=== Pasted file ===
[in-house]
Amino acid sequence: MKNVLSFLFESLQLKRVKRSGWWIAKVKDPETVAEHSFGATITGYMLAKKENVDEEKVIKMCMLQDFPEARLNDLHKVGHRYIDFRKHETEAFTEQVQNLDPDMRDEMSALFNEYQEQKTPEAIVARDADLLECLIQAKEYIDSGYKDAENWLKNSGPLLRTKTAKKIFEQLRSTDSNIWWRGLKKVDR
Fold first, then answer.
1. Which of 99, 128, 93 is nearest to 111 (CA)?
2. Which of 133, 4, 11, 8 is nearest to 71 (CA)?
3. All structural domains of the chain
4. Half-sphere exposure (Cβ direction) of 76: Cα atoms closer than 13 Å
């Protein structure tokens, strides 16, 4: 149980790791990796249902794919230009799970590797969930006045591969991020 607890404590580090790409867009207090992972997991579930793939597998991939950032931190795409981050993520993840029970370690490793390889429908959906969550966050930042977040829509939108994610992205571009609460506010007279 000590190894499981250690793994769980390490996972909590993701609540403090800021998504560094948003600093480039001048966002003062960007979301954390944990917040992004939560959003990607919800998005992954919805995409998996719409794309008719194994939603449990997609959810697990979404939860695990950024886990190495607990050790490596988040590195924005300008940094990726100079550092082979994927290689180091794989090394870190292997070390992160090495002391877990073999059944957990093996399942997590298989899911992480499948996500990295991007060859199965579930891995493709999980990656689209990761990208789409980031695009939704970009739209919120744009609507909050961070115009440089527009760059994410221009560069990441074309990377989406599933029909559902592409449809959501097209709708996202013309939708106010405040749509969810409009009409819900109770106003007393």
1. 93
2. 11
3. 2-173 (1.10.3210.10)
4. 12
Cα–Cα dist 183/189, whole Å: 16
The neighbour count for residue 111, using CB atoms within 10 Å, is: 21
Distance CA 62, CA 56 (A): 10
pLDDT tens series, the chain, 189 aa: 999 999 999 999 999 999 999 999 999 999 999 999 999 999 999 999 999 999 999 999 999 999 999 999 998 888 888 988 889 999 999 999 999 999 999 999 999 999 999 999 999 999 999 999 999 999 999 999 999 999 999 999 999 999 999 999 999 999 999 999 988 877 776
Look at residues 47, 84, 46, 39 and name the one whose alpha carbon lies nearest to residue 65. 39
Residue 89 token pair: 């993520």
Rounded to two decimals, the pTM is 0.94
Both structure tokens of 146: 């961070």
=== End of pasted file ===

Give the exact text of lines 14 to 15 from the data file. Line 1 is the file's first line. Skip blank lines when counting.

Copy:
The neighbour count for residue 111, using CB atoms within 10 Å, is: 21
Distance CA 62, CA 56 (A): 10